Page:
Why is it important to give Jewishly?
I have always understood the need to take care of Jews, because no one else will take care of us. People will give to universities, hospitals, art museums, and theaters… but nobody takes care of the Jews other than the Jews themselves. I was born and raised to believe that this is my responsibility.
I also realized that supporting [causes] on a collective basis, like through a Federation, allows you to touch a lot of people in a lot of places, even if you can’t be on the ground. Central Jewish agencies, like the American Jewish Joint Distribution Committee (JDC), work for years in various countries building their relationships, so when crises hit, like the Russia-Ukraine War or the February 2023 earthquake in Turkey, the JDC was already there, ready, willing and able to save the lives of Jewish and non-Jewish civilians alike.
How can we encourage future generations to prioritize philanthropy and to support Jewish communities?
We have to suggest to future generations, not force upon them, the importance of continuing to be rooted in their heritage. They may do incredibly wonderful things out in the world, but we can help them understand that who they are, at their core, comes from their Jewish genes and values. These core Jewish values are both in our DNA and are given to us as children through our Jewish education and the lessons we learn.
On her family’s role in the Soviet-era emigration of Russian Jews to Israel
During the Refusenik Era in the late 1960s and 1970s [when Soviet Jews were not allowed to emigrate], my father was running Shoe Corporation of America. The only way to get money to Russia to support their Jewish population was to send in goods, which Jews could sell in the black market to raise money to fund their escapes to Israel.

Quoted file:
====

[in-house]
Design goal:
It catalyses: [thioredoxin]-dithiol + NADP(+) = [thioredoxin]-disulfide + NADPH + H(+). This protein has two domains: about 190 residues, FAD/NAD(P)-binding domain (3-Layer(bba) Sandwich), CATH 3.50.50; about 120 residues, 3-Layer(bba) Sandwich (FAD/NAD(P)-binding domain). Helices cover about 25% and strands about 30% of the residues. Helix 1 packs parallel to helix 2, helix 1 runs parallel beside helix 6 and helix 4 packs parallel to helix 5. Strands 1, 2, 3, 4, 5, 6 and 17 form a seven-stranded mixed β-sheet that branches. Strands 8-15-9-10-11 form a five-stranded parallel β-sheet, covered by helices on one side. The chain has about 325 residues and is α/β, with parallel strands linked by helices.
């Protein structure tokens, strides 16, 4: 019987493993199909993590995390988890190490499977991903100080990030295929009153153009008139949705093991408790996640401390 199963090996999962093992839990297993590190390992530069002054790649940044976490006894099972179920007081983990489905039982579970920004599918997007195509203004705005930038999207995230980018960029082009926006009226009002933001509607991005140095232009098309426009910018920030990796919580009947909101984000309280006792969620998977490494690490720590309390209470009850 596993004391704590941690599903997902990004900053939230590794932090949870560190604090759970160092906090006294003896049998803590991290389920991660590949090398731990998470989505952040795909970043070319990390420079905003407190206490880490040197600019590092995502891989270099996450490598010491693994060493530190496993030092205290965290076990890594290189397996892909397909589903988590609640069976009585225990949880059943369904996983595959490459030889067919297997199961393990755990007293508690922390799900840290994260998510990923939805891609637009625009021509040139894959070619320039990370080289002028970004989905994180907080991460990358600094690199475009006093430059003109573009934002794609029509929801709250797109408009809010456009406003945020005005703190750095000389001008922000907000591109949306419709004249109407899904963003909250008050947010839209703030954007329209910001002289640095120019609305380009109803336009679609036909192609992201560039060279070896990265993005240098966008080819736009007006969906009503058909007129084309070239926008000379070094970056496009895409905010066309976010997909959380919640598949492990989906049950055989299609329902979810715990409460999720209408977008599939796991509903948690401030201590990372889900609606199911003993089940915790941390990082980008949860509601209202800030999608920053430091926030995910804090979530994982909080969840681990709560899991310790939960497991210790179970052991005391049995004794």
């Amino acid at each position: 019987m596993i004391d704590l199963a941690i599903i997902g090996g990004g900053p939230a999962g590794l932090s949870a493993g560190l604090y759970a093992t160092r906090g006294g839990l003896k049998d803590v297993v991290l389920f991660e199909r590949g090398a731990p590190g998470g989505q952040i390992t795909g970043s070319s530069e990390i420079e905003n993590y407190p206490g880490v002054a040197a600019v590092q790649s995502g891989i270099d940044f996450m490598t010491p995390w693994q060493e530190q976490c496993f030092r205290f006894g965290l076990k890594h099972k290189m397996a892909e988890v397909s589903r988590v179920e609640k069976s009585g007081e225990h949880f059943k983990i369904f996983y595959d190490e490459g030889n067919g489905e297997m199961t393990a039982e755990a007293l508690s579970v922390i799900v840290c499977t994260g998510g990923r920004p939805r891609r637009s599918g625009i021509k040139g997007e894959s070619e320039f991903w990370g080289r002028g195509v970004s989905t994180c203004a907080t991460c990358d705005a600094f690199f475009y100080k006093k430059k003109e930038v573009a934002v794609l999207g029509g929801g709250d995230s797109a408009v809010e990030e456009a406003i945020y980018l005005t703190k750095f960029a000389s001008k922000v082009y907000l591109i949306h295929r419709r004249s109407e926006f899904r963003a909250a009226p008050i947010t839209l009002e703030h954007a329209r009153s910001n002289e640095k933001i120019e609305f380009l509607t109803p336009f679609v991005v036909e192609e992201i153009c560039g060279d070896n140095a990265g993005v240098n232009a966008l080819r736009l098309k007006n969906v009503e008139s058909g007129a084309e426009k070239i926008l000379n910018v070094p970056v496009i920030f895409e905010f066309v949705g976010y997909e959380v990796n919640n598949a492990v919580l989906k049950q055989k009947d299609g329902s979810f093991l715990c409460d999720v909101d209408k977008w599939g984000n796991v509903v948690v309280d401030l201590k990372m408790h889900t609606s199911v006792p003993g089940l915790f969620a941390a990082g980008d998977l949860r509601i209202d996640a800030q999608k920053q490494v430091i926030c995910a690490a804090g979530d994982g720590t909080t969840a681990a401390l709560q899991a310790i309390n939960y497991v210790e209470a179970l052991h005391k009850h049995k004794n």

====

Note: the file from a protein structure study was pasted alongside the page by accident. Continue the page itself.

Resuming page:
Through the JDC, my father’s companies sent boots, T-Shirts, Levi’s jeans, deerfoam slippers and other clothing items to Russia. These supplies were covertly sent on train cars throughout the Soviet Union to Cheseds, or “safe houses,” that would then share the goods with Jewish community members to resell.
I was in high school at the time, so only later did I realize how creative this was. To the very end of his life, my father knew what was wrong and what was right. He showed me that the duty [to take care of your people] is something that doesn’t leave you no matter how sick or how old you get.
Jane Schiff is the Immediate Past Chair for the Jewish Federation of Greater Naples. She grew up in the Federation world with parents and grandparents, who led the way in establishing the Jewish Foundation in Columbus, Ohio (now called JewishColumbus) and with involvement in JDC. Jane moved to Naples in 2013 after serving for many years on the Board of Trustees of the Jewish Federation of Greater Atlanta. She held several positions there, including JCRC Chair, Partnership Chair, and Endowment Distribution Chair.